If you were starving and in danger of being attacked, would you stop eating and be more cautious if you heard or saw the potential attacker? Researchers at the University of Alberta tried to respond to this question by observing Black-capped Chickadees (Poecile atricapillus). They measured how they would react to different sources of information about the presence of a predator in terms of changing their feeding behavior during winter.
These birds are a model species, meaning that they are abundant, easily accessible, and used as a basis for scientific understanding for other species. They can give important insight about information theory, which is the study of how animals use information to make decisions. The main goal for this study was to determine how different sources of information, such as visual or acoustic cues, could inform the birds about the risk of predators in the surrounding area and exactly how these types of information affect their feeding behavior. Would the effect be greater when the cues are presented together than when presented separately? How would harsh winter conditions affect the degree of response?
To understand the chickadees’ responses to cues alerting them of predation risk, the researchers attached a unique identification chip to the leg of each bird to record the exact time, date, and number of times they visited the feeders that were set up for this experiment. The researchers placed feeders across the Devonian Botanical Garden near Edmonton, Canada, and presented fake mounts of predators and alarm calls of other chickadees to record the response to different combinations of cues about increased risk of predation.
The researchers predicted that seeing the predator (visual cue) would be the most reliable source of information and would produce a greater response in their behaviour, so the birds would take longer to return to the feeders after they were presented with the fake predator. There was a notable variation in the response from the birds, but effectively this predication turned out to be accurate. Chickadees took on average 52.6 minutes to return to the feeders after seeing the predator and only 37 minutes after just hearing alarm calls. The researchers also found that when the visual and acoustic cues were presented together, the response was the same as when only the visual cue was presented, meaning that there was a redundant response and no additional information to affect the response when given acoustic cues. This response, however, was not always the same and changed depending on the temperature of the day. On harsher winter days, this redundant effect disappeared, and chickadees responded more to a visual cue alone than the combination of cues.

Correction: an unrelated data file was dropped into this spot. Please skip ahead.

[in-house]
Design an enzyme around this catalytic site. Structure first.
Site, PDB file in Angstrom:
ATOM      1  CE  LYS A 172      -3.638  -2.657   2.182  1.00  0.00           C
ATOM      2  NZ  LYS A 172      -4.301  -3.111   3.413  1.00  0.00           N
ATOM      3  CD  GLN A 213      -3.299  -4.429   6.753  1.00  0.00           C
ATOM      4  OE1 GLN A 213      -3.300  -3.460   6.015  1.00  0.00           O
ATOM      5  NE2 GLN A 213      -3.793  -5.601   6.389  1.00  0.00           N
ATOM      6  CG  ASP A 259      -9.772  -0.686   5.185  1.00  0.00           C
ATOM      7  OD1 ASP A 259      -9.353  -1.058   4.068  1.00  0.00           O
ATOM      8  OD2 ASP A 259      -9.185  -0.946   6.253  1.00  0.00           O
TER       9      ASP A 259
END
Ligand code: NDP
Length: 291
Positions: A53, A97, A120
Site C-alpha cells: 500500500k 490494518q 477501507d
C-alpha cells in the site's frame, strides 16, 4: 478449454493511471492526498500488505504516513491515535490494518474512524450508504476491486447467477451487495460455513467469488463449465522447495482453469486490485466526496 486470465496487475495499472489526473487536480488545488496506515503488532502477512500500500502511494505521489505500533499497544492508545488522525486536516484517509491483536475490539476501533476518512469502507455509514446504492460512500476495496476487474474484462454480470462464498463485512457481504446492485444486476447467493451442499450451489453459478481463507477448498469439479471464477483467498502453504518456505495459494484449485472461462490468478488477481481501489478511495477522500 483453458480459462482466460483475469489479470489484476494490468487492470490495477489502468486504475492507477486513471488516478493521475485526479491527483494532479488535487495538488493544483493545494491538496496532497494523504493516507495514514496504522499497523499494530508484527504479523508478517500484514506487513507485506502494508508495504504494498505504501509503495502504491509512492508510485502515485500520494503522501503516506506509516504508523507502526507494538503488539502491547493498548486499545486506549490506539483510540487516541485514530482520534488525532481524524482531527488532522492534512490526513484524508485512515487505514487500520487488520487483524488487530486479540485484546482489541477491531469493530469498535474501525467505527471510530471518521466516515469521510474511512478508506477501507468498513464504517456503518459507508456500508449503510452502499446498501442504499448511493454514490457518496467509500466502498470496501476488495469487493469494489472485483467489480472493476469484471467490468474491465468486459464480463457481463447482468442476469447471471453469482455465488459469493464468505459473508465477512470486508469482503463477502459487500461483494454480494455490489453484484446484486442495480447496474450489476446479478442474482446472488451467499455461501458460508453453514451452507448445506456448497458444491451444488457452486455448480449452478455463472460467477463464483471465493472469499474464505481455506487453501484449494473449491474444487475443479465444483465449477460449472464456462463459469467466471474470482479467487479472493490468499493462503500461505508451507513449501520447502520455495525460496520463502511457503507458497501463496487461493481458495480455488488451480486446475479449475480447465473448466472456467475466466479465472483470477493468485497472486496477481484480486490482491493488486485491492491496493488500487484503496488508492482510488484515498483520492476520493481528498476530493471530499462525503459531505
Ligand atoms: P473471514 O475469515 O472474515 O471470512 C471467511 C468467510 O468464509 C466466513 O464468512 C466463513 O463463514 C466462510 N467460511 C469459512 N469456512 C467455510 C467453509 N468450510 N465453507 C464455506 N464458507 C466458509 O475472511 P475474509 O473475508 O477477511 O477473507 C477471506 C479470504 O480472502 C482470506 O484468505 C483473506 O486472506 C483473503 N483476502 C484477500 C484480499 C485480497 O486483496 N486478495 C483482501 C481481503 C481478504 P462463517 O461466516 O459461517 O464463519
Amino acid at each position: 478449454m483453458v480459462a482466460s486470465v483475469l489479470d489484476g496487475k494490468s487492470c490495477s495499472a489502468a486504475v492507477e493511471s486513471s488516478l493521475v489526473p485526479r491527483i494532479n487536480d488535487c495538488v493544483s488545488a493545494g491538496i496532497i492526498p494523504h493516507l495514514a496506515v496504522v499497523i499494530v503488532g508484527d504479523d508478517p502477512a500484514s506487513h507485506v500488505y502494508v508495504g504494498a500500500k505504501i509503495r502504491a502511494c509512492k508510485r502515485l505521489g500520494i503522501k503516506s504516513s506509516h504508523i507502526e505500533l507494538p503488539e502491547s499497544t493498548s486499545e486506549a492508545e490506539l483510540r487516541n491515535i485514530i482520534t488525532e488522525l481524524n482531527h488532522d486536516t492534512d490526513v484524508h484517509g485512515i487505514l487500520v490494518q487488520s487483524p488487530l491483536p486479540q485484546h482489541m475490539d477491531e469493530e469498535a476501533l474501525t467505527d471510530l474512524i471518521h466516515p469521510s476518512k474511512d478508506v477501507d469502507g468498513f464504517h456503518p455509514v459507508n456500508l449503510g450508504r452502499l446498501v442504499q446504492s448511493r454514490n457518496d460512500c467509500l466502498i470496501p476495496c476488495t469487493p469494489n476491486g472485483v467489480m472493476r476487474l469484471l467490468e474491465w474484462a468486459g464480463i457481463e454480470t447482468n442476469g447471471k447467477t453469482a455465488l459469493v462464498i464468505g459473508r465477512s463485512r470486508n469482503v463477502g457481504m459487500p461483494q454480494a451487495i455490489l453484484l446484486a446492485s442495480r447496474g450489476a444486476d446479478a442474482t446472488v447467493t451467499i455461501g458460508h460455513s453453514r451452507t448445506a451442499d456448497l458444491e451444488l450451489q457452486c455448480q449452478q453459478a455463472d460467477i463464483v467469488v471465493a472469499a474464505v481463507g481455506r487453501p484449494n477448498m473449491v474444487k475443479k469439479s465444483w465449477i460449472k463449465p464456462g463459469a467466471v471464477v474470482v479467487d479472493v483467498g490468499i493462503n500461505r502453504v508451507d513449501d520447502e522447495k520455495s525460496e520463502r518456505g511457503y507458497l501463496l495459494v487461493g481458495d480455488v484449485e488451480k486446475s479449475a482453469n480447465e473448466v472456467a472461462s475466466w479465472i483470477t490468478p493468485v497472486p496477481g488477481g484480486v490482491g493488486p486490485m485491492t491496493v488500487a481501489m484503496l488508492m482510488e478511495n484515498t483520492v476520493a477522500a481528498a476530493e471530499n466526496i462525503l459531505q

The results from this study supported the idea that decision-making behavior for feeding in response to perceived danger is an ever-changing process and the response will vary depending on the context. If the day is too cold, it is more important to feed than to be cautious about potential predators, but it will depend on what type of information the birds are receiving. These results show how truly complex decision-making is in animal behavior; the ultimate choices that animals make depend on how reliable they perceive the information around them to be.
For more information:
Arteaga-Torres, J. D.1, Wijmenga, J. J.1, & Mathot, K. J.1,2 (2020). Visual cues of predation risk outweigh acoustic cues: a field experiment in black-capped chickadees. Proc. R. Soc. B, 287: 20202002. http://dx.doi.org/10.1098/rspb.2020.2002
1Department of Biological Sciences, University of Alberta, Edmonton, Alberta, Canada T6G 2R3
2Canada Research Chair in Integrative Ecology, University of Alberta, Edmonton, Alberta, Canada T6G 2R3
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[All images provided by Josue Arteaga-Torres; Edited by Lindsey Broadus]